This is a detailed recipe for Pakistani Chicken Biryani and delicious too. But wait, if you are in any case looking for Pakistani or Karachi style degi Biryani that you had at a restaurant or on the street or in a wedding dinner; that is different. I will post a separate recipe for that. Updated:…
Food getting burnt is common with seasoned and juvenile cooks alike. The simple answer would be to throw it all together. But, there are instances when food like sauces, gravies, ribs, rice, or cake are slightly burnt and have burnt smell. Neither you can eat it with that awful smell nor you want to throw it….
I can’t express my absolute pleasure in posting this Singaporean rice recipe, firstly because I love to eat this juicy, flavorful, sweet, and sour rice. Secondly, because this dish originated in my city, Karachi, Pakistan. Origin Singaporean Rice Don’t be mislead by “Singaporean” in the name. The dish never saw Singapore and have nothing to…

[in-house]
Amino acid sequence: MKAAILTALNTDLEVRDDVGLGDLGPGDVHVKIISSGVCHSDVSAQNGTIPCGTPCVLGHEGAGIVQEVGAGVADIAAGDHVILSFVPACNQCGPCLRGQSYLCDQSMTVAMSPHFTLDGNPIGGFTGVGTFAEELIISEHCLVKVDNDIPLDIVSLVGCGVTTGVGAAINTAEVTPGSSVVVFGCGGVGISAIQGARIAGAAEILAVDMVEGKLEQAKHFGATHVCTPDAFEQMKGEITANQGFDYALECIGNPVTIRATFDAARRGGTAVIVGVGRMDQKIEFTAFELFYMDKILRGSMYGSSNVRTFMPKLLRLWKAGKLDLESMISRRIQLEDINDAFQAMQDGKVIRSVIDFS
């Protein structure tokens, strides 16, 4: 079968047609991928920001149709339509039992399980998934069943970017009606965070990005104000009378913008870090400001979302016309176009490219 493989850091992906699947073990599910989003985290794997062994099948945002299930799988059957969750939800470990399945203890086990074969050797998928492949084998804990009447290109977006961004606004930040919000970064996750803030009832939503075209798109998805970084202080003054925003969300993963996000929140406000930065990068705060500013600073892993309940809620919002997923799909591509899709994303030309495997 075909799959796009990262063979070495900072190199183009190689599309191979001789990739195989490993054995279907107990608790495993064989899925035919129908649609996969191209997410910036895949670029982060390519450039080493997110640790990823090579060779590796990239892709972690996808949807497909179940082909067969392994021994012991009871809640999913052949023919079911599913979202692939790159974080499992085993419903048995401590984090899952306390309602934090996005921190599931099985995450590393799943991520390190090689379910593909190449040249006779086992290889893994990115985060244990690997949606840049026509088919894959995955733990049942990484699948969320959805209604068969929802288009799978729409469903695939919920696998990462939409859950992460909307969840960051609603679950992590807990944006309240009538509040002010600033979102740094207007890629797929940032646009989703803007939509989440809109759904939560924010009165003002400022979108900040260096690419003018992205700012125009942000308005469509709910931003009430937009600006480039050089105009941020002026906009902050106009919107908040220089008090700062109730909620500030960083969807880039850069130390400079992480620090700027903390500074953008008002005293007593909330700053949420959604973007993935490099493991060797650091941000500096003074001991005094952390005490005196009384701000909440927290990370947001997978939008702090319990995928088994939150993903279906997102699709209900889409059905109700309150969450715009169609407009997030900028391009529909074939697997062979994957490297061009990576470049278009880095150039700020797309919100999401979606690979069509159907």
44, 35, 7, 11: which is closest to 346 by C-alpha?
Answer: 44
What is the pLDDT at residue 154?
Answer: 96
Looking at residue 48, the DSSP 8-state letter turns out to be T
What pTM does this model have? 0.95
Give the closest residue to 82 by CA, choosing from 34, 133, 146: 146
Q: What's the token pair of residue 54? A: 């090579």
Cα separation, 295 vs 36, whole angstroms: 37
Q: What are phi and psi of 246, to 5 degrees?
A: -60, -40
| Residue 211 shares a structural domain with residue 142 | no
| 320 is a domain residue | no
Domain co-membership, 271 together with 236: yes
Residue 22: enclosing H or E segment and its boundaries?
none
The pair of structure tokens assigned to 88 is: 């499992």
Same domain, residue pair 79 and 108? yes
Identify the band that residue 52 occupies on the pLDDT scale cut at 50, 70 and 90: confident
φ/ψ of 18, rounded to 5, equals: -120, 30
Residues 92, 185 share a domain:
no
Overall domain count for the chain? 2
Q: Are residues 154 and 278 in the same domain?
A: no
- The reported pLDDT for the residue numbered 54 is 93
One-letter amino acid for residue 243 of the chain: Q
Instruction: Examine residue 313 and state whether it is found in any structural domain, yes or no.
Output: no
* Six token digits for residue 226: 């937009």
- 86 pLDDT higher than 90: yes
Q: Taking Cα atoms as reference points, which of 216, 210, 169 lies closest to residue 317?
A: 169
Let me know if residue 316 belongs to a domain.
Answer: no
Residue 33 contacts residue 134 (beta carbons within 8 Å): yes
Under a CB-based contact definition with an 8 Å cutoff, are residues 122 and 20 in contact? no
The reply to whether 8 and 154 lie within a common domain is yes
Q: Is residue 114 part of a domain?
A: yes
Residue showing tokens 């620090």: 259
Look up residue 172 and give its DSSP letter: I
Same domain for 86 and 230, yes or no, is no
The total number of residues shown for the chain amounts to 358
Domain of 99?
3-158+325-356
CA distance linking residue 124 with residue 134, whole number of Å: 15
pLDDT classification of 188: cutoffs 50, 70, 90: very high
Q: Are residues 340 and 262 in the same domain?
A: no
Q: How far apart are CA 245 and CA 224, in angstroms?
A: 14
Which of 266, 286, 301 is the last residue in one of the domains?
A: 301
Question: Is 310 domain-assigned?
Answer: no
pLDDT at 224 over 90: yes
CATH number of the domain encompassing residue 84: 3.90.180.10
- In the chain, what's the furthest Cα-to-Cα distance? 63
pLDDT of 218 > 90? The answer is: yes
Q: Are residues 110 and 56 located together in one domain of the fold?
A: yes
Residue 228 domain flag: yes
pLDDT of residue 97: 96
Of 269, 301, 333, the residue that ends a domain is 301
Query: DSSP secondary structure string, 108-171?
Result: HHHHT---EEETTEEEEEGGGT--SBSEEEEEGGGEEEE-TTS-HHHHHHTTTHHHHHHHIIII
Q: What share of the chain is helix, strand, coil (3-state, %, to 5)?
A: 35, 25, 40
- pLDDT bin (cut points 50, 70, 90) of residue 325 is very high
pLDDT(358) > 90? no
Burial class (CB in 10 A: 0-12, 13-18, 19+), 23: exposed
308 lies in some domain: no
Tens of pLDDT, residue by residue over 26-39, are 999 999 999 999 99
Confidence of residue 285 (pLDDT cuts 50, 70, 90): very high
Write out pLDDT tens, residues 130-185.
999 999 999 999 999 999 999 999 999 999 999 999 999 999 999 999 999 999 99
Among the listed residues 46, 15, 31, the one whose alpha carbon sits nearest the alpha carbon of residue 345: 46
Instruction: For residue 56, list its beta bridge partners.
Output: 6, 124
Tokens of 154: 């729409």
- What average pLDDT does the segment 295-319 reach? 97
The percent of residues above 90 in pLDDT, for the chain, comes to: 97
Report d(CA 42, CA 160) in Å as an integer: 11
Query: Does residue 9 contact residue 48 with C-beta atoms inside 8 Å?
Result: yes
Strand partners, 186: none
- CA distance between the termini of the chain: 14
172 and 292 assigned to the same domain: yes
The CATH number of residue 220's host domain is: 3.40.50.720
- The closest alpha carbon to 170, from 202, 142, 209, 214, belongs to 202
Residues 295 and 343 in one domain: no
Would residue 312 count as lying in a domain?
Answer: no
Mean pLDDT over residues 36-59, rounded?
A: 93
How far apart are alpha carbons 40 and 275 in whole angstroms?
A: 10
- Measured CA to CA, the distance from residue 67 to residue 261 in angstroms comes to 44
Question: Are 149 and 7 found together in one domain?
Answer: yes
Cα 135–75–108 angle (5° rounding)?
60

Aloo tikki is Indian Potato Cutlets, making aloo tikki is the easiest thing if you have a recipe in hand. Why? Because the steps are super simple the only trick is getting the right taste and proper proportions to get that crispy texture without breaking. Yes, this simple, naive cutlets can get on your nerves…
Finally, sharing the most awaited recipe of the blog Daal Chawal Palidu. It is a traditional Bohra feast. Daal Chawal Palidu also known as DCP has two versions. One is vegetarian which is more common and has layered lentil and rice. This one that I’m sharing is a non-veg version with mutton/lamb. And trust me…
Do you also feel keema curry has an amazingly satisfying feeling; it is convenient to cook, and it is also very forgiving when you use it in any recipe. The Keema Matar is the most common Indian mince curry with its origin in India, and Pakistan. Keema means mince of any meat usually (beef, mutton,…
2 cups water
1 tbs turmeric paste or 3/4 tsp turmeric powder (haldi)
1/2 tbs ginger paste or 1/2 ginger powder (adrak)
1/2 tsp cinnamon powder or 1 inch whole cinnamon (dal cheeni)
1 tbs honey or sugar or maple syrup (optional)
1 pinch black pepper (kali mirch)
3-4 drops olive oil, or any other fat (tel)
few drops lemon juice (optional)
Boil water in a skillet.
Add in ginger, turmeric, cinnamon and pepper.
Boil for 1-2 minutes until color is orangish.
Add lemon juice and honey. The color will change to yellow.
Strain and serve hot. You can save the extra tea in fridge and have it next day too after reheating.